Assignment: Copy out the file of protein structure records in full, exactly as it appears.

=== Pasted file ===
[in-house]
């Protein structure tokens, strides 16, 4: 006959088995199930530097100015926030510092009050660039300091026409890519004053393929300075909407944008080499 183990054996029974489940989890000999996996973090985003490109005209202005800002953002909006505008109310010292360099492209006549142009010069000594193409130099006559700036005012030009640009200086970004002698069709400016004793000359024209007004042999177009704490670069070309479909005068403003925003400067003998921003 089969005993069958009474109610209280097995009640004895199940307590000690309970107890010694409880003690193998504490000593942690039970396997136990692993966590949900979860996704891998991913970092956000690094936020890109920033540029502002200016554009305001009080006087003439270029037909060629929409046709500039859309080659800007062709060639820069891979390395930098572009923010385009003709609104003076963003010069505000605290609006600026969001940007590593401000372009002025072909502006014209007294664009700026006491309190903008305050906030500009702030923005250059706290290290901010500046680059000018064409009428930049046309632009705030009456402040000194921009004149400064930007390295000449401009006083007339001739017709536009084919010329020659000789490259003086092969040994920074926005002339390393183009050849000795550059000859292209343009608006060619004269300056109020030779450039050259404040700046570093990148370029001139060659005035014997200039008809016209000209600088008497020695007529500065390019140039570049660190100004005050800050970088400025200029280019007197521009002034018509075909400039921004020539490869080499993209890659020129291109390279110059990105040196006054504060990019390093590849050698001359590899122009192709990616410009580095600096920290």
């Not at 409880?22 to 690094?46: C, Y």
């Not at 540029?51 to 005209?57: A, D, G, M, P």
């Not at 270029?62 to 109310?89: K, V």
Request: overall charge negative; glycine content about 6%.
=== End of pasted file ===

[in-house]
């Protein structure tokens, strides 16, 4: 006959088995199930530097100015926030510092009050660039300091026409890519004053393929300075909407944008080499 183990054996029974489940989890000999996996973090985003490109005209202005800002953002909006505008109310010292360099492209006549142009010069000594193409130099006559700036005012030009640009200086970004002698069709400016004793000359024209007004042999177009704490670069070309479909005068403003925003400067003998921003 089969005993069958009474109610209280097995009640004895199940307590000690309970107890010694409880003690193998504490000593942690039970396997136990692993966590949900979860996704891998991913970092956000690094936020890109920033540029502002200016554009305001009080006087003439270029037909060629929409046709500039859309080659800007062709060639820069891979390395930098572009923010385009003709609104003076963003010069505000605290609006600026969001940007590593401000372009002025072909502006014209007294664009700026006491309190903008305050906030500009702030923005250059706290290290901010500046680059000018064409009428930049046309632009705030009456402040000194921009004149400064930007390295000449401009006083007339001739017709536009084919010329020659000789490259003086092969040994920074926005002339390393183009050849000795550059000859292209343009608006060619004269300056109020030779450039050259404040700046570093990148370029001139060659005035014997200039008809016209000209600088008497020695007529500065390019140039570049660190100004005050800050970088400025200029280019007197521009002034018509075909400039921004020539490869080499993209890659020129291109390279110059990105040196006054504060990019390093590849050698001359590899122009192709990616410009580095600096920290």
């Not at 409880?22 to 690094?46: C, Y």
């Not at 540029?51 to 005209?57: A, D, G, M, P």
């Not at 270029?62 to 109310?89: K, V």
Request: overall charge negative; glycine content about 6%.